March 15 (Bloomberg) -- Global financial supervisors must act to contain the $47 trillion shadow-banking industry, Adair Turner, chairman of the U.K. Financial Services Authority, said in a speech in London.
Shadow banking, which encompasses financial activities that take place outside the regulated banking system, is “potentially very unstable,” and vulnerable to liquidity shocks, Turner said. The shadow banking industry in Europe is worth $22 trillion, and $25 trillion in the U.S., by some estimates, he said.
“Our regulatory response should therefore entail a bias to prudence,” Turner, 56, said in the speech at the Cass Business School yesterday. Supervisors shouldn’t allow “complex interconnectivity” and “high leverage to develop in unregulated institutions or markets.”
The Financial Stability Board, which brings together regulators, G-20 central bankers and finance ministry officials, said last year that shadow banks may create “an opportunity for regulatory arbitrage.” Shadow banking includes money-market funds, securitizations and off-balance-sheet investment vehicles.
Regulators will struggle to develop policy responses to deal with shadow banking because of its complexity, Turner said.
“Any system this complex will defy complete understanding: and any belief that we can precisely calibrate our response to it will therefore be a delusion,” he said.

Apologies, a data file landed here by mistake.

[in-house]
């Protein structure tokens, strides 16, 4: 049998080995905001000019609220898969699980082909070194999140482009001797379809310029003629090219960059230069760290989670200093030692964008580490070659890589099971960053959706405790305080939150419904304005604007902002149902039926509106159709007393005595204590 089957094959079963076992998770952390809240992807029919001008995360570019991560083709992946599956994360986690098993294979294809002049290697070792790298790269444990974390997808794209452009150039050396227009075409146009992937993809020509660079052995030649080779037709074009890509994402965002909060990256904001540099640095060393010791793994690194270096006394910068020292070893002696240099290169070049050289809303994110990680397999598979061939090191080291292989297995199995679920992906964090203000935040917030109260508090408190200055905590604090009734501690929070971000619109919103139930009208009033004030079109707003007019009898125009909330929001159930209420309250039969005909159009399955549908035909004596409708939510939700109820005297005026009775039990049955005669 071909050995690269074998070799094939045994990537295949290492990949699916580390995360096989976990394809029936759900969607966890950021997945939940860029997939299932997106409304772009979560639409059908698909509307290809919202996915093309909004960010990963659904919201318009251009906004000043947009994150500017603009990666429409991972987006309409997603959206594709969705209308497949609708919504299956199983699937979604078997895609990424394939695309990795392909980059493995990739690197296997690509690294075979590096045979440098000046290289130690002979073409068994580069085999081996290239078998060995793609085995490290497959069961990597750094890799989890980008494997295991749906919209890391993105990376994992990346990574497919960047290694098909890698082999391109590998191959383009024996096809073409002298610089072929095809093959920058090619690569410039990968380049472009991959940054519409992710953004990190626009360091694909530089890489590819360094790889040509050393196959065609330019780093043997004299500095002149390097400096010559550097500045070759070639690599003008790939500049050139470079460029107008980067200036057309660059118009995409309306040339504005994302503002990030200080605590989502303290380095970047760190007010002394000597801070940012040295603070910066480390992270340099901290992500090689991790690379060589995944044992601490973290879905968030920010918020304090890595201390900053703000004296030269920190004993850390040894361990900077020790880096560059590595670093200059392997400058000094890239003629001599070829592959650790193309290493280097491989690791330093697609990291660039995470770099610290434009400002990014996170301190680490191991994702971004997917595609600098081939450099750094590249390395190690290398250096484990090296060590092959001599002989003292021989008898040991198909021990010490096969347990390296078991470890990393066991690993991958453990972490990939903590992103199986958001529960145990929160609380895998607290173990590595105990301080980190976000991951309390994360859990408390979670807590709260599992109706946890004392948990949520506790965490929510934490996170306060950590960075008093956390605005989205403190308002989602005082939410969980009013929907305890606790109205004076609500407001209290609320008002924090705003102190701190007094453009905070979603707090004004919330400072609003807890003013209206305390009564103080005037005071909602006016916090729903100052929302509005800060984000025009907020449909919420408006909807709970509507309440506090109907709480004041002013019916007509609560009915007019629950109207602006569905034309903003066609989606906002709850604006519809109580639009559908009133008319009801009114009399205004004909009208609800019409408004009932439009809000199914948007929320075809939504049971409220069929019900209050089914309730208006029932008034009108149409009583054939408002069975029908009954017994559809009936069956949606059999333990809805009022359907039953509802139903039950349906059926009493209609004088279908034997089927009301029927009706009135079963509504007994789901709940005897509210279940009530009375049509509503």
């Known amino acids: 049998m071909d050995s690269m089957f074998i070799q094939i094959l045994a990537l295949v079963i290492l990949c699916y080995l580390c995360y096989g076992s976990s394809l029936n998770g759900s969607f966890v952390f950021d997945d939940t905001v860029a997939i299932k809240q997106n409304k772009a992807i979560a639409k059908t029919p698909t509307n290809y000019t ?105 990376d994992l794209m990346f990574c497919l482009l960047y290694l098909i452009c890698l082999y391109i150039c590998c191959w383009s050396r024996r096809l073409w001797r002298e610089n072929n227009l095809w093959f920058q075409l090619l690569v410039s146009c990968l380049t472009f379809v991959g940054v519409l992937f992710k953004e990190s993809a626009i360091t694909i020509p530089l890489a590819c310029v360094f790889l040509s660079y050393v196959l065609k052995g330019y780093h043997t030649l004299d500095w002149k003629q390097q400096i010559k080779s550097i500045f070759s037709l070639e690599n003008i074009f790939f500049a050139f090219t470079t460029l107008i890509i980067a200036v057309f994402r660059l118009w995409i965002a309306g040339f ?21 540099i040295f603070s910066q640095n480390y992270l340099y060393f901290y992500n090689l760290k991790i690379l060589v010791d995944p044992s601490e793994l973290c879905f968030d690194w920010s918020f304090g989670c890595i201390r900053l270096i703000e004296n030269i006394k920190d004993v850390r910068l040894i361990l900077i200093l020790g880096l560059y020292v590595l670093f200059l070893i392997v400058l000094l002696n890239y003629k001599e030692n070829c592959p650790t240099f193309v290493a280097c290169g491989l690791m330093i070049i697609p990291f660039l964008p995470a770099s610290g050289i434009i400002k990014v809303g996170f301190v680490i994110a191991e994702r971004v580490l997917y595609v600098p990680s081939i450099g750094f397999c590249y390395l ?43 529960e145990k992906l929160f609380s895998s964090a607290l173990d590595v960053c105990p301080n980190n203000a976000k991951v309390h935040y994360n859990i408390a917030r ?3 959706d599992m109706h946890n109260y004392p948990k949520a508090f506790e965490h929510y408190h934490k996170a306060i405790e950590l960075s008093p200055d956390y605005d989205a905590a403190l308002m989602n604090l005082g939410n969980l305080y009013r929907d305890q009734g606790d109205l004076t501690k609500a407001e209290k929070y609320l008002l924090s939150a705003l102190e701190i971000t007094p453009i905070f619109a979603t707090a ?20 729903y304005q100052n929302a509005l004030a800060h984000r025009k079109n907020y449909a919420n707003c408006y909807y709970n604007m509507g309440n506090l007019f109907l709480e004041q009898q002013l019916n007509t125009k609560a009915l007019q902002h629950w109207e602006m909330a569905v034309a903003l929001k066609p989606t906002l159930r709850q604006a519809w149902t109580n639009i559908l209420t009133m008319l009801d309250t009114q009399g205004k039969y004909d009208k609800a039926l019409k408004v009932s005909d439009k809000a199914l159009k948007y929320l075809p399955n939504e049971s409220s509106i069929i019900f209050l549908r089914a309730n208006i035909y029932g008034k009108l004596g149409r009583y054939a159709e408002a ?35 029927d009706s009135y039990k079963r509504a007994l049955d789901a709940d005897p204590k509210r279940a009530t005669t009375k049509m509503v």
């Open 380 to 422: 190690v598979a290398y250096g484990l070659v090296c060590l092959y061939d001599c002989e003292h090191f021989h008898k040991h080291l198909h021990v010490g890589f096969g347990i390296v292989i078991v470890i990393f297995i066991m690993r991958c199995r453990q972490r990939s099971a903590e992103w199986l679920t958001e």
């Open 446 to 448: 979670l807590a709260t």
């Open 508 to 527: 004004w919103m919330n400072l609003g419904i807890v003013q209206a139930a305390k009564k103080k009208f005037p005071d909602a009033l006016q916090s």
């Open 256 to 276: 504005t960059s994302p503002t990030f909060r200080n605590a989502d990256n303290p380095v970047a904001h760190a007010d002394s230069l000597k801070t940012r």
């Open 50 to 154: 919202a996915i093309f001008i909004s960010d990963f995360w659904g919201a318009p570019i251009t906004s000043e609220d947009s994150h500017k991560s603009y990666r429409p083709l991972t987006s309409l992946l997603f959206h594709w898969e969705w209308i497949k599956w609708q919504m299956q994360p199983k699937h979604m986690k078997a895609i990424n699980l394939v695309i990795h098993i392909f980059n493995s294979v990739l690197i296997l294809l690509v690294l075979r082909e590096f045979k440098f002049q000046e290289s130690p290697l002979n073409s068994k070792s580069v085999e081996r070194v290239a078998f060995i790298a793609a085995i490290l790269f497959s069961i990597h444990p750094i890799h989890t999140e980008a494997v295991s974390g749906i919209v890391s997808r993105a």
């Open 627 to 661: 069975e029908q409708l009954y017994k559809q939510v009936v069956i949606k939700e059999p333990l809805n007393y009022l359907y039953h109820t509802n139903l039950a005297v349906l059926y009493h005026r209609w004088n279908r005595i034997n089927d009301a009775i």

Global regulators at the FSB are committed to proposing tougher rules for shadow banking by the end of the year, said Turner, who is also an FSB member.
The FSA may impose minimum collateral requirements in the market for repurchase agreements, considered part of the shadow banking industry, Turner said in November.
The European Commission, the executive arm of the European Union, may tighten rules governing so-called repos, which are contracts where one investor agrees to sell a security and then buy it back at a future date and a fixed price, according to a document obtained on March 6.
A bankruptcy examiner’s report found that Lehman Brothers’ Holdings Inc., the lender whose collapse in 2008 sparked a financial crisis, used so-called Repo 105 transactions to move as much as $50 billion off its balance sheet temporarily to show investors it wasn’t carrying too much debt.
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